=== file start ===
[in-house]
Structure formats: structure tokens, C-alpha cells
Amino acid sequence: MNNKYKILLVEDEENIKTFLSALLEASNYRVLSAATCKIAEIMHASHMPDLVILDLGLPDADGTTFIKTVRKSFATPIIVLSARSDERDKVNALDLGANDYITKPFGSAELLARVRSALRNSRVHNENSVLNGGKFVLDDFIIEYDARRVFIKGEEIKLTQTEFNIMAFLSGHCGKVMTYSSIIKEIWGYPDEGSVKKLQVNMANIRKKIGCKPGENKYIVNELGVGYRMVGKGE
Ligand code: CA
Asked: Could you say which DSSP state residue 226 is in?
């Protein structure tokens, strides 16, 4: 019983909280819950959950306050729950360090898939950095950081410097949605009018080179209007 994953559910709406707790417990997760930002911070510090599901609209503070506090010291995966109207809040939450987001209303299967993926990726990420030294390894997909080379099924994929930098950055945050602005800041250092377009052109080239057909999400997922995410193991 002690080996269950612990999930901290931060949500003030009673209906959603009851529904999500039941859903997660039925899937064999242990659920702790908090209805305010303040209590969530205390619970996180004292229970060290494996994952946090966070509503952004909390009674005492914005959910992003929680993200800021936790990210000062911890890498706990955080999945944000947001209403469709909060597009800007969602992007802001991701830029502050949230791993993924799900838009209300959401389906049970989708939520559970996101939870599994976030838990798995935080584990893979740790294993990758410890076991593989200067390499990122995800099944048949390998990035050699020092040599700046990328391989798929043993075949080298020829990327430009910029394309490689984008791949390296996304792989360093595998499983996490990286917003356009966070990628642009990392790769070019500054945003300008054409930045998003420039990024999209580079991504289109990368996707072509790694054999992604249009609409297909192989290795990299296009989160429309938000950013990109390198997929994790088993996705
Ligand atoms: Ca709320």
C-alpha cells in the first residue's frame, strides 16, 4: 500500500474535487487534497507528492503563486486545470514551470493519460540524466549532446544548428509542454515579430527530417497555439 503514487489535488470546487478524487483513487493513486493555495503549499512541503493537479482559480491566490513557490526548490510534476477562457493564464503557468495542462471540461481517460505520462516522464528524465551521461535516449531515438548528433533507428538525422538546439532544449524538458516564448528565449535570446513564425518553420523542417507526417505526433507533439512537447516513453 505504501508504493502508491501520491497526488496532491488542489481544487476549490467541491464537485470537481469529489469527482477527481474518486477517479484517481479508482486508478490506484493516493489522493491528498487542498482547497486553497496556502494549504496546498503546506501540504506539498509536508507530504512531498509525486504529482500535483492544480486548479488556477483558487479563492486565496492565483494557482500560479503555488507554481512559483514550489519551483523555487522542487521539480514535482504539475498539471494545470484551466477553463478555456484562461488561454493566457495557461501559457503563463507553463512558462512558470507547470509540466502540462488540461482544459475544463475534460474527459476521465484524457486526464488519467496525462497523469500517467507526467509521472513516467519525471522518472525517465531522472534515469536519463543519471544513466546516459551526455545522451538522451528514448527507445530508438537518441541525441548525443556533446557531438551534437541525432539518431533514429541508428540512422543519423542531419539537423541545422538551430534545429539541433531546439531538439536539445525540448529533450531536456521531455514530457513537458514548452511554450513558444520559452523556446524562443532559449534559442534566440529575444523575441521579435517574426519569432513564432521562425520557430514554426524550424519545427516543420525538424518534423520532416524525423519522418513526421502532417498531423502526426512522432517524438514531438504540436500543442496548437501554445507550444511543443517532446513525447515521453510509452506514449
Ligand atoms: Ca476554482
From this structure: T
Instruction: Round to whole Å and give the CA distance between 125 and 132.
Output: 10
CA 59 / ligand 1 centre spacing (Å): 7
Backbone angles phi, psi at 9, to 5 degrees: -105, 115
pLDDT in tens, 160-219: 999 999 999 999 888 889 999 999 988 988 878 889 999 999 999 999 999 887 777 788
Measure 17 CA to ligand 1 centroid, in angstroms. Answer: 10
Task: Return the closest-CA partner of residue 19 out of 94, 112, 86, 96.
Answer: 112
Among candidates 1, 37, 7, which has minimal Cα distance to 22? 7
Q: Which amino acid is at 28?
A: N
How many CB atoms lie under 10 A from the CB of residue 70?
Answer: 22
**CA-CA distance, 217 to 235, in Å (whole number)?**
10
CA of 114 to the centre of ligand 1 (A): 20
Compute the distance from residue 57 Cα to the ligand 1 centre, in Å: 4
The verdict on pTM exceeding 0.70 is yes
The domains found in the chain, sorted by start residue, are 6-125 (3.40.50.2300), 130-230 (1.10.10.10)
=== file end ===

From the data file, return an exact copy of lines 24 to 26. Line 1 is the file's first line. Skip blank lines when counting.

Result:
**CA-CA distance, 217 to 235, in Å (whole number)?**
10
CA of 114 to the centre of ligand 1 (A): 20